Looking to put more power into your PowerPoint presentations? Here are a few pointers.
Tip: For a hilarious spoof of what the Gettysburg Address would look like if President Lincoln had used PowerPoint, head to http://www.norvig.com/Gettysburg.
5.4.1 Saving Fonts with Your Presentation
When you distribute a PowerPoint presentation electronically , you can run into a serious problem: The fonts you used in your slides might not be available on the computers used by your readers. The result? PowerPoint substitutes different fonts for those that you carefully selected, and your presentation can appear out of whack.
To overcome this potential glitch, simply save the fonts with your presentation, making them accessible to anyone who opens the file.
Note: This technique only works with TrueType fonts, which are a family of fonts that ship with Windows. So if you went a little wild and dipped into your own esoteric font collection, you won't be able to save them with your presentation.
To save the fonts you used in a PowerPoint presentation, choose File Save As, and then click the Tools button in the upper-right corner of the dialog box. Then choose Save Options Embed TrueType fonts, as shown in Figure 5-13. Click OK, and then Save.
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Figure 5-13. When you save your fonts along with your presentation, choose the "Embed all characters" option if you need others to work on the presentation, too. Choose the "Embed characters in use only" option if no one else will be making changes (this option shrinks the file size of the presentation).
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Viewing Presentations Without PowerPoint
Even if you don't have PowerPoint on your PC, you can still view PowerPoint presentations. And if you do have PowerPoint, but your colleagues don't, you can easily share your presentations with them.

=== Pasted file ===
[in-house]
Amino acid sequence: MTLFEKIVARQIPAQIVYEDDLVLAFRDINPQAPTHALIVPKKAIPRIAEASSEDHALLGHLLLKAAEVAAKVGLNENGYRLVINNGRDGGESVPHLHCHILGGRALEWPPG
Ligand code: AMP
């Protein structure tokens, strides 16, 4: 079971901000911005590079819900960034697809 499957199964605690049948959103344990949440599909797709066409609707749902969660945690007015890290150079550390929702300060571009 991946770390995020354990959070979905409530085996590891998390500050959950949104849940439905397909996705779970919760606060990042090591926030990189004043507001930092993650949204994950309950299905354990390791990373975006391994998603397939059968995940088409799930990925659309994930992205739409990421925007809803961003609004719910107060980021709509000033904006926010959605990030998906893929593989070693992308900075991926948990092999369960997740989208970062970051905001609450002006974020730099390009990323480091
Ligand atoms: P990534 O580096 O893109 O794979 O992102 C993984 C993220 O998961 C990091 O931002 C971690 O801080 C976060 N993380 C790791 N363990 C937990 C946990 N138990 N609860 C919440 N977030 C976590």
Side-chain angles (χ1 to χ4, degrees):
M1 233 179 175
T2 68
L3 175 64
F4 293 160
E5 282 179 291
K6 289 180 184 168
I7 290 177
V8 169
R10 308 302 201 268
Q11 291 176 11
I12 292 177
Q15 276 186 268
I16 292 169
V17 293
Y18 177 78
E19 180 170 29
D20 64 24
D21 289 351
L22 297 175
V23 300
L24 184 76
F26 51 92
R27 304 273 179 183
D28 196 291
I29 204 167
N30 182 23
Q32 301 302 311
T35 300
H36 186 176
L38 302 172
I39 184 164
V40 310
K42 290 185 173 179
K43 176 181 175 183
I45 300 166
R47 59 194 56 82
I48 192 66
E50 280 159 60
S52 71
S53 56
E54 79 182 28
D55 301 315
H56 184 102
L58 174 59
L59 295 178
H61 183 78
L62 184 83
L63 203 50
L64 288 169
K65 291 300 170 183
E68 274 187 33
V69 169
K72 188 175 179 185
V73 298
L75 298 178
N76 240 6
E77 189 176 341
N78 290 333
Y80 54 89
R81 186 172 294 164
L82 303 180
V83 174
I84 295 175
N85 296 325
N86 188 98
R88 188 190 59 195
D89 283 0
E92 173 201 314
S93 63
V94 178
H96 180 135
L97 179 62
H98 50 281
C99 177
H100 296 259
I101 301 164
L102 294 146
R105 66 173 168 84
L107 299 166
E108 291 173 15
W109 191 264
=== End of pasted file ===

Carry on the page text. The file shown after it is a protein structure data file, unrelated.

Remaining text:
All you need is Microsoft's PowerPoint viewer, which you can download for free from http://www.microsoft.com/downloads (on this page, search for "PowerPoint viewer"). After you install the viewer, you can open PowerPoint presentations and show them off. (You won't be able to create or edit presentations, though.) To run the PowerPoint viewer, browse to wherever you installed it and double-click its icon, then open the presentation you want to see or display. And if you need to send a PowerPoint presentation to someone who doesn't have the program, she can download the viewer to see your work.
5.4.2 Copying Your PowerPoint Settings to Another Computer
People like to customize PowerPoint. For example, you can include certain toolbars and exclude others, or have a certain template open when the program starts. In fact, you may end up investing the better part of a few work days changing and tweaking various settings so PowerPoint looks and works exactly the way you like.
If that's the case, it'd be a drag to have to recreate those settings when you buy a new computer, or if you use PowerPoint on more than one machine. Thankfully, there's a simple way to transfer your PowerPoint customizations to any computer you use.
Your customizations are found in the file ppt.pcb, located in My Computer C: Documents and Settings Your Name Application Data Microsoft Powerpoint. Simply copy that file to the equivalent folder on another computer, and all of your PowerPoint customizations show up on the new PC.
5.4.3 Putting Your Presentations on a Diet
It's entertaining ‚ and sometimes even useful ‚ to include pictures and videos in your PowerPoint presentations. But when you do, your files can become super- sized , eating up tons of disk space on your computer.
Fortunately, there's a simple technique for trimming the size of a presentation without eliminating pictures and videos: Include a blank slide as the first slide viewed .
This may seem odd, because you'd expect that an extra slide would increase your file's size, not decrease it. But PowerPoint displays the first slide of a presentation as the preview image when you select a file in the Open dialog box. So if that slide is blank, rather than full of formatting and graphics, the preview image that PowerPoint stores as part of the presentation will be smaller ‚ making the entire file smaller, too. And if the first slide is hefty, you could easily trim off a few megabytes of space ‚ a significant savings.